Violent crime has surged over the last year or two. This comes after decades of decline. For many, this is evidence that we need gun control. Obviously, I disagree and so do a lot of people.
However, most of us agree that violent crime, particularly that using a firearm, needs to be addressed.
When folks like you or I address gun control, though, we’re often asked what should be done to address the issue.
That’s what Washington Examiner editor Jay Caruso wanted to address. One of his suggestions is something I think is workable, even in our current political environment.
Second, prosecute straw purchasers with more vigor. That raises a problem. Currently, there are no federal laws addressing straw purchases directly. The ATF and Justice Department are limited to investigating and prosecuting charges related to giving false statements on a federal form.
Line 21a of Form 4473 asks, “Are you the actual transferee/buyer of the firearm(s) listed on this form and any continuation sheet(s) (ATF Form 5300.9A)?” If a person answers affirmatively despite knowing he’s going to give the gun over to a friend who couldn’t pass a background check, that is a federal offense. However, it carries minimal punishment. For example, a case of straw purchasing in Virginia netted two people restricted from owning firearms (they were convicted felons) 27 to 48 months in federal prison. The actual straw purchasers received only 45 days and home confinement. The lack of stringent penalties minimizes the risk. After all, it’s easier to convince someone to steal a pack of gum than to rob a bank.
Richard Marianos, a professor at Georgetown University and 27-year veteran of the ATF, including most recently as assistant director in the Office of Public and Governmental Affairs, told the Washington Examiner there must be more focus on straw purchases and the federally licensed firearms dealers that openly allow straw purchases, or at least look the other way when they know it’s going on.
“One way would be to allow agents, with reasonable suspicion — not probable cause — to enter a gun shop and ask to see their records,” Marianos said.
Marianos outlined three points critical to the investigation and successful prosecution of straw purchasers:
- Resources. The ATF annual budget is a mere $1.4 billion out of nearly $5 trillion, which is lower than the Secret Service budget.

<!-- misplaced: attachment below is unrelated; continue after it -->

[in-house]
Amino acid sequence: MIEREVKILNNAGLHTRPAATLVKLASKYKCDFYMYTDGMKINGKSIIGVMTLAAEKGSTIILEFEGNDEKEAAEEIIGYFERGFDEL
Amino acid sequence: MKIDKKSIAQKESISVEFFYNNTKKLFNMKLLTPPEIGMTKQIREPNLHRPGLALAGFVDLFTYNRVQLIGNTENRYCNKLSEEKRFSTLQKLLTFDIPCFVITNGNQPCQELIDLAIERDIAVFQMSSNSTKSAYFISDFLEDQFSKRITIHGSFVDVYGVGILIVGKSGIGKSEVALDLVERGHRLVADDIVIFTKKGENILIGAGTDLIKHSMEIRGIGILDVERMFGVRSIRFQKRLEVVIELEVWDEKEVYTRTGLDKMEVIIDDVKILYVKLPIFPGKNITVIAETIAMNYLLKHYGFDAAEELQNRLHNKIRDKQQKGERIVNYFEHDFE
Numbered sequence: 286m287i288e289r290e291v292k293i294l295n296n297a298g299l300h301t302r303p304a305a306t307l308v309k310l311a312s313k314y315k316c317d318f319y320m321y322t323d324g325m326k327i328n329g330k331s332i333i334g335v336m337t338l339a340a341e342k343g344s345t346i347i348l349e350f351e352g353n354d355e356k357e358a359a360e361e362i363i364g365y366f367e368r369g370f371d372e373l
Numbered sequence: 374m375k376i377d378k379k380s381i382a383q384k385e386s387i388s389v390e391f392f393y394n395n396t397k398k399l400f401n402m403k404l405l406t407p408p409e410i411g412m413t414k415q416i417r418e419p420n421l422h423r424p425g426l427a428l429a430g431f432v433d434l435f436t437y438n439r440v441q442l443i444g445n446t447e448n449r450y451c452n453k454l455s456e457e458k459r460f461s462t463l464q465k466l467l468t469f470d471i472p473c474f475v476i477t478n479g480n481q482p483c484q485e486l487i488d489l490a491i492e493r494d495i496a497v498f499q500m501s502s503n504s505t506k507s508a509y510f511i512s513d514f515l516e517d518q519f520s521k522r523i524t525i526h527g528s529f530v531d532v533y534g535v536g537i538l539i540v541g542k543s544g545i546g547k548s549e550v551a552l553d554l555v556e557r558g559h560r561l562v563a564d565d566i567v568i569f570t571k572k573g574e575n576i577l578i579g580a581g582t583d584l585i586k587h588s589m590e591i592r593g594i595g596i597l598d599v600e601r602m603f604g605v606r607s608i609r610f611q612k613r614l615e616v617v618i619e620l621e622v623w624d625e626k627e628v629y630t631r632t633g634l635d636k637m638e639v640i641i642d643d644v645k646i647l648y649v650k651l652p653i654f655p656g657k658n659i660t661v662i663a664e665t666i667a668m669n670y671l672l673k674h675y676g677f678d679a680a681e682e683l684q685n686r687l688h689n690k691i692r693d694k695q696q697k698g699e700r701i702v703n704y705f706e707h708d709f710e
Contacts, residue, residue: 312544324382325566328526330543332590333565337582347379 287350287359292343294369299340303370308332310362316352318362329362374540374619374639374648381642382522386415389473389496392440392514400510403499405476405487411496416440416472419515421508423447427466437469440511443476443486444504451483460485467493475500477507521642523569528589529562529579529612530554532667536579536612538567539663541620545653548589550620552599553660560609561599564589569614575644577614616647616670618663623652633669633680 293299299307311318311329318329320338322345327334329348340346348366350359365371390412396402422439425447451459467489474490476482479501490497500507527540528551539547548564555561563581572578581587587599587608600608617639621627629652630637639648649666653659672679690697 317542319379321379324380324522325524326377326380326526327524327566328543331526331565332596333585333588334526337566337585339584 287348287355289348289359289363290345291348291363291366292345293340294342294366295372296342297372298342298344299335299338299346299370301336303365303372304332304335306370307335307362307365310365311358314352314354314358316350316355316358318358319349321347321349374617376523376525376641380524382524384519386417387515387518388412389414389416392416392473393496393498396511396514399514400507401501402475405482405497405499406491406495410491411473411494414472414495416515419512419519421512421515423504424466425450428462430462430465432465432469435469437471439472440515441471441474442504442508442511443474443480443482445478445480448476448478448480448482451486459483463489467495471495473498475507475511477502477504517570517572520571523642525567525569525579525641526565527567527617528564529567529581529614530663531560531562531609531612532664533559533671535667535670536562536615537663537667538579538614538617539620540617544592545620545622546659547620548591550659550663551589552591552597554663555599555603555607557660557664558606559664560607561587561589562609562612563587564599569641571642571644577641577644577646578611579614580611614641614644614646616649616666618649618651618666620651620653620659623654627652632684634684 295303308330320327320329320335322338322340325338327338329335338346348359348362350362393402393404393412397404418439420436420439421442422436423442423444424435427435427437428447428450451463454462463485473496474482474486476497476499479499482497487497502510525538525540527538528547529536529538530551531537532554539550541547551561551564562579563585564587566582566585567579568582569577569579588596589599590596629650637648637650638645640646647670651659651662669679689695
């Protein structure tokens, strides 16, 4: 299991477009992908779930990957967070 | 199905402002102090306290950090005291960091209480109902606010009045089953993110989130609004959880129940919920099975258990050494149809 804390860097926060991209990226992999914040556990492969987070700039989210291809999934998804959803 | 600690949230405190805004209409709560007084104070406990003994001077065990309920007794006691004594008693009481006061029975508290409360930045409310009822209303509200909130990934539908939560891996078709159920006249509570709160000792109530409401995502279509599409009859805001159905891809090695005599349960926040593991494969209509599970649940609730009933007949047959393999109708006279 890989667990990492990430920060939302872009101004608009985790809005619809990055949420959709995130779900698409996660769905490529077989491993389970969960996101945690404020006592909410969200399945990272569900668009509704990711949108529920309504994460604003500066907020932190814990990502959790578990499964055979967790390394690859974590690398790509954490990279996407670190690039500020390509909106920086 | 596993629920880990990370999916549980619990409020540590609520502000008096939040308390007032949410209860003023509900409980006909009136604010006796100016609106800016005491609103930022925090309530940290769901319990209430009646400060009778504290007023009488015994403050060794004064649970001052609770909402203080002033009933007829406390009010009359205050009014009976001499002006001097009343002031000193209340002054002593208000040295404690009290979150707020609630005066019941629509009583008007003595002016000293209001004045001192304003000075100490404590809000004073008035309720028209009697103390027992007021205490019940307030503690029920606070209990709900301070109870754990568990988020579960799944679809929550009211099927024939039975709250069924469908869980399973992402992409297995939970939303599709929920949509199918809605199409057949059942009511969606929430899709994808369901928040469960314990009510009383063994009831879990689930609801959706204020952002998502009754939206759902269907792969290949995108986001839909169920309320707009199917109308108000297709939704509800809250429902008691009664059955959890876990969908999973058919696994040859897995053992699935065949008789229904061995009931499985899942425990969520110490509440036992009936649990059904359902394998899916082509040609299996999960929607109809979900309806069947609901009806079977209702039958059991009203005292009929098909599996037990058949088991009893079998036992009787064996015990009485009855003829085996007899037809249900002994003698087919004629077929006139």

- Planning. A new strategy is needed to deal with gun violence that includes input not only from gun control advocates but also Second Amendment proponents.
- Personnel. The ATF currently employs under 1,800 special agents across the country. By comparison, the Secret Service has 3,200 special agents.
“Over 80% of the guns used in violent crimes are attributed to straw purchases,” Marianos said.
I’d really love to see Marianos’ data for that claim, but we can agree that straw purchases are a problem. Giving the law some teeth and making it possible for the ATF to actually go after those who commit straw buys more vigorously.
In addition, I’d add going after those who attempt to purchase a firearm despite being legally unable to do so. What happens in many cases is that when their background check fails, they talk someone else into buying the gun for them. Often, that’s the first stage of a straw buy, but trying to buy a gun when you’re a felon is a crime in and of itself, though it’s rarely prosecuted.
Change that and you’ll start to see criminals having a harder time buying guns.
It won’t go away, because, despite Marianos’ claim, I’m unconvinced that straw buys represent that high a percentage. A large number of criminals have said they buy guns on the black market, after all, but we do know straw buys to also be an issue.
Let’s start there before we talk about banning weapons, restricting magazines, or any of a thousand other measures.
What’s more, there should be near-universal support for this. If there isn’t, particularly from Democrats, then we’ll know that it’s not about reducing crime in any way, shape, or form.
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